20 years ago Eastside Educational Trust held their inaugural project – a theatre production of Bugsy Malone with children from a handful of schools in London. It was a huge success and within the next 5 years the charity expanded to include the other arts disciplines – literature, dance, music, film and visual art.

Making Arts Accessible To All: Eastside Charity

The charity works with disadvantaged young Londoners and gives them the opportunity to engage in the arts, which they would otherwise not have the chance to. The arts projects increase confidence and creativity and empowers young people to see that the arts are not reserved for those from privileged backgrounds.

Eastside now works regularly with over 100 schools across all the London boroughs to help young people aged between 5 – 19 years old.

Making Arts Accessible To All

Eastside is celebrating its 20th anniversary this year.  During the last 20 years they have reached out to a quarter of a million young people in London, received The Queen’s Award for Voluntary Service, and broken two Guinness World Records (for the largest number of people simultaneously reading aloud and for the longest reading aloud marathon).

Making Arts Accessible To All Eastside Charity London

Making Arts Accessible To All: Eastside Charity London

Ackeem Durrant is one of the young Londoners Eastside has supported. The 18 year old has recently been chosen as an Adobe Youth Voices Scholar through the Adobe Youth Voices Programme, coordinated in London by Eastside. Ackeem said:

“Eastside is an amazing group of people who will do anything to help young people get to where they want to go in the arts. I first became aware of Eastside when the company I was freelancing for, wired4music, suggested I take part in the Film Academy there. I was still in education at the time but I was doing some freelance work in film to earn some money. I was 16 at the time and it was really helpful. There were loads of fantastic guest speakers and mentors at Eastside every week with different workshops that I could take part in.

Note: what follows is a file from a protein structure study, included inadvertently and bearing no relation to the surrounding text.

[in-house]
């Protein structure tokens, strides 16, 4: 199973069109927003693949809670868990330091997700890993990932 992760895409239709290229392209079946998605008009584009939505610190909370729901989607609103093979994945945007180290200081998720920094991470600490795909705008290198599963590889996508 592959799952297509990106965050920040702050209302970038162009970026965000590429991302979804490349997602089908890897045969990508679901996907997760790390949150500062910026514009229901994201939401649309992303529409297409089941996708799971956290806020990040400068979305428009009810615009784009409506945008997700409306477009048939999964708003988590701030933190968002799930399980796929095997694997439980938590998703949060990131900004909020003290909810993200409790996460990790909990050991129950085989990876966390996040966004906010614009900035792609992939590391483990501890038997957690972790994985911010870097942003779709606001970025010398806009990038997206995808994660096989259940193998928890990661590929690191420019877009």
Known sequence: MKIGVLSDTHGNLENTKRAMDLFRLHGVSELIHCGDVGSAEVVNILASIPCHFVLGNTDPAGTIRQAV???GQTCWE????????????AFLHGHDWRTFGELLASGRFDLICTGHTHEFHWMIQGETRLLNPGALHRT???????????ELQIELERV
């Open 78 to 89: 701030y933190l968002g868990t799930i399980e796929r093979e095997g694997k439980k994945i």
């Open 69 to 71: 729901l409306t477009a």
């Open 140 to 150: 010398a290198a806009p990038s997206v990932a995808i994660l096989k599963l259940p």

Getting accepted to the BFI Film Academy Youth Talent Campus was the next step for me, which Eastside helped me to get onto. The course only accepts 50 young people from across the UK for intensive film making training. It made me see that although I enjoy film I didn’t want it to be my career. Instead I wanted to increase my skills in film animation, which I was already working on a bit through my freelancing, but I decided I wanted to concentrate on it.

I’d taken part in the Adobe Youth Voices Programme back in 2013, which Eastside organises, so I was eligible to apply for an Adobe Youth Voices Scholarship to pay for a three year course in 3D Digital Animation and Modelling at Hetfordshire University and I discovered at the start of June I’d been successful. It’s an amazing opportunity because I wouldn’t have been able to afford University if I hadn’t won the scholarship, my course would cost £10,600 a year just for tuition.

Eastside has given me my determination to be creative as well as access to incredible mentors and an urgency to help other people through my work. The charity also reintroduced me to the idea of teaching and helped me to gain newfound skills and I’m now thinking about a Masters when I finish my Uni course to help me get into education.”

Daniella Rice, who attended Eastside’s BFI film Academy and was subsequently accepted to the National Film and Television School (NFTS), described the charity as ‘the most inspiring thing that any young person could ask for’. Eastside’s six week film course gave seventeen year old Daniella the courage and the skill-set to successful apply to NFTS, Europe’s most prestigious film school, and as a result, ‘completely changed’ her life.

Eastside was very fortunate recently to be named as an arts organisation that remained one of Arts Council England’s (ACE) national portfolio organisations. This enables the charity to make concrete plans for the next three years. As well as continuing with their current work, Eastside will be launching Verse vs Verse, a major three-year reading, writing and poetry programme working with 500 young people over three years transforming their attitude to learning.

For more information about Eastside, the work they do and how you can get involved please visit their website: www.eastside.org.uk.

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Sophie Meadows started writing for Good News Shared during its early days, whilst studying English Literature at UCL. She loves theatre and collects ribbons.

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